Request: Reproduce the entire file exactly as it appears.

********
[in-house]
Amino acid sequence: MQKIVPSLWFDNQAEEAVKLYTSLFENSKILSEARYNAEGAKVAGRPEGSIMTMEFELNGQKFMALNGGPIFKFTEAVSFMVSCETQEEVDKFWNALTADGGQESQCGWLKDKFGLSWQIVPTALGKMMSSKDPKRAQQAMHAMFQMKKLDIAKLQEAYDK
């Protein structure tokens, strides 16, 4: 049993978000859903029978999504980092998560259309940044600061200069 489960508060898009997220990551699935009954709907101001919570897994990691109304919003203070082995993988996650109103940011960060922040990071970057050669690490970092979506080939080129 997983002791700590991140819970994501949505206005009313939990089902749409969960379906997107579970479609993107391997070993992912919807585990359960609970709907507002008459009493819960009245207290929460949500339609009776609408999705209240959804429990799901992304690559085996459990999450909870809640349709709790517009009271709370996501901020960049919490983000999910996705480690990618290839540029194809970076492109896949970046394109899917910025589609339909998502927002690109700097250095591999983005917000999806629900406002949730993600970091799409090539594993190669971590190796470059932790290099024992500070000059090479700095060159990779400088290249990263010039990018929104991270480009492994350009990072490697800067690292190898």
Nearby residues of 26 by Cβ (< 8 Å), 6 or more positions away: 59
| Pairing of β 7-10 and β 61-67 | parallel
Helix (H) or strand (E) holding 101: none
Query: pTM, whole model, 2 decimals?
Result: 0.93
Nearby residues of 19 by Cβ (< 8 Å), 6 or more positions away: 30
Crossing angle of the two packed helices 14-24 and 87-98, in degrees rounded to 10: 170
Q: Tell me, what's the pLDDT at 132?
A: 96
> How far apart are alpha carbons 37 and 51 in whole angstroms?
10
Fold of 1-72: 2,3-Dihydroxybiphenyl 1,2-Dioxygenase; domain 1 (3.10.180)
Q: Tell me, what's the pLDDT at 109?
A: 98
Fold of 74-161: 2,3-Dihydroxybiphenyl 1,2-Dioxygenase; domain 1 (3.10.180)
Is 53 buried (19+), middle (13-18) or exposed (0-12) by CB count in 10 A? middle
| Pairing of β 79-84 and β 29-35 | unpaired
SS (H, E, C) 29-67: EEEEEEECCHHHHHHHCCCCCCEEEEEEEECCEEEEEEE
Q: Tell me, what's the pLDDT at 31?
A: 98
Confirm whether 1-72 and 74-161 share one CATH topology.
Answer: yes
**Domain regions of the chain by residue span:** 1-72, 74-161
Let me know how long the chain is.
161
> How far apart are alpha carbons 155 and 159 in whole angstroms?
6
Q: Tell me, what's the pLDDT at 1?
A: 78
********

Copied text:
[in-house]
Amino acid sequence: MQKIVPSLWFDNQAEEAVKLYTSLFENSKILSEARYNAEGAKVAGRPEGSIMTMEFELNGQKFMALNGGPIFKFTEAVSFMVSCETQEEVDKFWNALTADGGQESQCGWLKDKFGLSWQIVPTALGKMMSSKDPKRAQQAMHAMFQMKKLDIAKLQEAYDK
């Protein structure tokens, strides 16, 4: 049993978000859903029978999504980092998560259309940044600061200069 489960508060898009997220990551699935009954709907101001919570897994990691109304919003203070082995993988996650109103940011960060922040990071970057050669690490970092979506080939080129 997983002791700590991140819970994501949505206005009313939990089902749409969960379906997107579970479609993107391997070993992912919807585990359960609970709907507002008459009493819960009245207290929460949500339609009776609408999705209240959804429990799901992304690559085996459990999450909870809640349709709790517009009271709370996501901020960049919490983000999910996705480690990618290839540029194809970076492109896949970046394109899917910025589609339909998502927002690109700097250095591999983005917000999806629900406002949730993600970091799409090539594993190669971590190796470059932790290099024992500070000059090479700095060159990779400088290249990263010039990018929104991270480009492994350009990072490697800067690292190898």
Nearby residues of 26 by Cβ (< 8 Å), 6 or more positions away: 59
| Pairing of β 7-10 and β 61-67 | parallel
Helix (H) or strand (E) holding 101: none
Query: pTM, whole model, 2 decimals?
Result: 0.93
Nearby residues of 19 by Cβ (< 8 Å), 6 or more positions away: 30
Crossing angle of the two packed helices 14-24 and 87-98, in degrees rounded to 10: 170
Q: Tell me, what's the pLDDT at 132?
A: 96
> How far apart are alpha carbons 37 and 51 in whole angstroms?
10
Fold of 1-72: 2,3-Dihydroxybiphenyl 1,2-Dioxygenase; domain 1 (3.10.180)
Q: Tell me, what's the pLDDT at 109?
A: 98
Fold of 74-161: 2,3-Dihydroxybiphenyl 1,2-Dioxygenase; domain 1 (3.10.180)
Is 53 buried (19+), middle (13-18) or exposed (0-12) by CB count in 10 A? middle
| Pairing of β 79-84 and β 29-35 | unpaired
SS (H, E, C) 29-67: EEEEEEECCHHHHHHHCCCCCCEEEEEEEECCEEEEEEE
Q: Tell me, what's the pLDDT at 31?
A: 98
Confirm whether 1-72 and 74-161 share one CATH topology.
Answer: yes
**Domain regions of the chain by residue span:** 1-72, 74-161
Let me know how long the chain is.
161
> How far apart are alpha carbons 155 and 159 in whole angstroms?
6
Q: Tell me, what's the pLDDT at 1?
A: 78